Civil engineering professor Jim Nelson is a hydrologist with decades of experience. He’s traveled across the country and the globe to consult with federal agencies, nonprofits and engineering consortiums to help better predict streamflows and plan for either drought or flooding. But for the first time in his 30-year career, with the potential for flooding across Utah this spring, he’s putting his knowledge to work right in his own backyard.

“I joke that my neighbors finally care about what I do,” Nelson said. Nelson has been providing a wealth of information for those in his Springville neighborhood and sees that as the key to preparation for whatever flooding may or may not occur. As one of BYU’s foremost flood experts, Nelson shared his knowledge and tips here for those throughout Utah with flooding concerns.

Q: How do I know if my home may be affected by a flood? What should I be looking at to gauge whether to be concerned?

A: The first place to look is the FEMA flood maps that are available online. Most people who buy a home in a FEMA-designated flood zone are aware because they are often required to have flood insurance. That being said, just because you’re not in a FEMA floodplain or flood zone, it doesn’t mean you’re not at risk. Flood maps are based on ideal scenarios, with the assumption that the stream channel and road crossings will convey water as expected. Floods often occur where there is a weakness or where debris gathers, which can’t always be anticipated.

Obviously, proximity to a river is something to take note of; most of the trouble will come by water that escapes the river channel. If you live in a low-lying area in your neighborhood, you should be aware. If you see a storm drain near your home, that probably means you live in a lower-lying area of your neighborhood, and water is likely going to come towards that storm drain.

Q: What would you tell people who are worried about flooding?

A: This is where I think good information is helpful. Sometimes that information can be a little bit alarming, but nevertheless, having that information is only going to help you make the best choice for your peace of mind. Everybody has different experiences: if you have experienced flooding before, you’re definitely going to take more precautions this spring. If that’s you, and you are concerned, then go ahead and do it; it never hurts to be overly prepared. You might have neighbors around you wondering, “What are you thinking?” But if it helps you feel more comfortable, more at peace, then do it. People also ask me if they should get flood insurance. If it gives you peace of mind and you can afford it and you are in an area with some potential flood risk, then you may want to do that. And hopefully you won’t have to use it. (Note: Flood insurance sometimes takes up to a month to be activated, so it might be too late for this year.)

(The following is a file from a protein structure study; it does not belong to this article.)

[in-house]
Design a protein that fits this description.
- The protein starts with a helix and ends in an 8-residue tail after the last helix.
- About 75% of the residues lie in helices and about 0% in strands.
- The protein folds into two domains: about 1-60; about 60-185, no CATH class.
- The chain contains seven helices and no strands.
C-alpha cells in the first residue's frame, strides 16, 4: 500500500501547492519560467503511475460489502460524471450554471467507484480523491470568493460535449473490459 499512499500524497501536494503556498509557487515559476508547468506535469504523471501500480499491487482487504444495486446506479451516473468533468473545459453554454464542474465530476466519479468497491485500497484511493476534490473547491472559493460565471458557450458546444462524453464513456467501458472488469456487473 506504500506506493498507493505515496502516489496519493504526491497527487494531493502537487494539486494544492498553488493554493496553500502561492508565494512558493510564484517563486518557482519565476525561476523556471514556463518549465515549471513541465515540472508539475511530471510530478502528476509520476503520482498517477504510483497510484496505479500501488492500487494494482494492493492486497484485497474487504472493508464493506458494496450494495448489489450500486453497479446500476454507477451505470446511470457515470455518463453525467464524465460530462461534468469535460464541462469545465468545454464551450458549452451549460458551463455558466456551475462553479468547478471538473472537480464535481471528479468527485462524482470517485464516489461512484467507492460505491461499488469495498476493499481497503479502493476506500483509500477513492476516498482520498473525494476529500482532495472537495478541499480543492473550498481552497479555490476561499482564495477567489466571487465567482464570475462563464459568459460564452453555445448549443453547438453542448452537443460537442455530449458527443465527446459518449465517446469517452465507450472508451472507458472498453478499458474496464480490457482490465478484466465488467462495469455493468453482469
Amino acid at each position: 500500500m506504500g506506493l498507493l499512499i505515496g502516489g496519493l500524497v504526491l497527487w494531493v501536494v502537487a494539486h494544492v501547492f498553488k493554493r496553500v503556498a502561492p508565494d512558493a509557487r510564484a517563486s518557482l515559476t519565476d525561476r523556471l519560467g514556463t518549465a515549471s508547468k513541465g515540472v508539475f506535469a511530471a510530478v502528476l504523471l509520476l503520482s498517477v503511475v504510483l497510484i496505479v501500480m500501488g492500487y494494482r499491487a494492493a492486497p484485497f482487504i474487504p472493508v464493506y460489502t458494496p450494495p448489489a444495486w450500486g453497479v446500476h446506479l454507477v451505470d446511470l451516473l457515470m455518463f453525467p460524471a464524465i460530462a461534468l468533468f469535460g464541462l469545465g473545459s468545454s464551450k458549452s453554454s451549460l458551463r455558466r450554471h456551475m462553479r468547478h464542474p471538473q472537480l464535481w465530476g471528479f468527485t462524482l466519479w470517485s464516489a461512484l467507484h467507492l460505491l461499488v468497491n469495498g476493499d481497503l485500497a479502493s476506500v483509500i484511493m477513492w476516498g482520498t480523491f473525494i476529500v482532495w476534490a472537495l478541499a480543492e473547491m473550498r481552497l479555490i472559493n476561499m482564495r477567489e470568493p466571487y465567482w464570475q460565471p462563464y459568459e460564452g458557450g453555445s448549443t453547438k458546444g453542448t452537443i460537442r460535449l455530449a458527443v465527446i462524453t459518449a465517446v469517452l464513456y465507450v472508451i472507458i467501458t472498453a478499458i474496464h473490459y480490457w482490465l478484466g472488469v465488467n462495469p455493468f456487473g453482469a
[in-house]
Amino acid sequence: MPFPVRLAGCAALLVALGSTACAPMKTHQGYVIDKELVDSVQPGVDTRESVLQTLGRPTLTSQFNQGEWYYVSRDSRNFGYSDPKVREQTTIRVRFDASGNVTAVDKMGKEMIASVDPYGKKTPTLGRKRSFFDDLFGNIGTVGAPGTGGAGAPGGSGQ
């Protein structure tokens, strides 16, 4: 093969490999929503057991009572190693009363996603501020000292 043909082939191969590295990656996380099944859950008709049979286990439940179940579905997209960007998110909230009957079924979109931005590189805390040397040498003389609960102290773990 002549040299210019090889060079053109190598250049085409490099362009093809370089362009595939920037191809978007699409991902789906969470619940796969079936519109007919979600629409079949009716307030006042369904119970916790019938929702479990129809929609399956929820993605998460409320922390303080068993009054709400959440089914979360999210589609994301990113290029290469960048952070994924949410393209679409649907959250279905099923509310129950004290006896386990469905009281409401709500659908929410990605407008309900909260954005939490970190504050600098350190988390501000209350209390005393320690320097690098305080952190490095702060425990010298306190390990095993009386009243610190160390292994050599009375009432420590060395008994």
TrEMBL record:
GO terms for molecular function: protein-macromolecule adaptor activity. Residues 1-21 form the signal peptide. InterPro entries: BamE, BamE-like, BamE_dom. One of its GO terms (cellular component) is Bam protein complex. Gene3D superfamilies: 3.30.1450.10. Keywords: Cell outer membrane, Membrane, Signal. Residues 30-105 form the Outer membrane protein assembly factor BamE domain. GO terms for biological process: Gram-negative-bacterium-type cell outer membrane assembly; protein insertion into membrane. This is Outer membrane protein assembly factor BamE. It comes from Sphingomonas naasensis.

Q: What can I do to prepare now in case my home/neighborhood does get flooded?

A: One of the things the Utah floods from the early 1980s taught us was that in addition to the late April/early May snow and the subsequent quick warm up, debris causes a lot of the problems. It’s good to clear debris in and around streams and waterways near your neighborhood and home. (Note: Most rivers are probably flowing fast enough by now that going in to clear debris is too dangerous, so hopefully that has already been done.) Another step would be to have some sandbags available. Be sure to talk to your neighbors and coordinate your flood mitigation efforts; don’t take the ‘every person, every home for themselves’ approach.

Q: How does this year compare to 1983?

A: The main similarity between 2023 and 1983, when we last experienced widespread flooding in Utah, is that the snowpack is large like it was back then. How the weather plays out will determine how similar or different the flooding becomes. In 1983, Utah had heavy snowpack still in late April and early May, and then it warmed up quickly over the course of a few days, and I believe there was some rain. While we don’t know for sure what will happen, it appears from current forecasts that we are on track to have a more favorable weather pattern than that. Does that mean there won’t be any flooding? Not necessarily. The cool spell last week stalled the melting a bit, so we still have a ways to go, and it varies by location.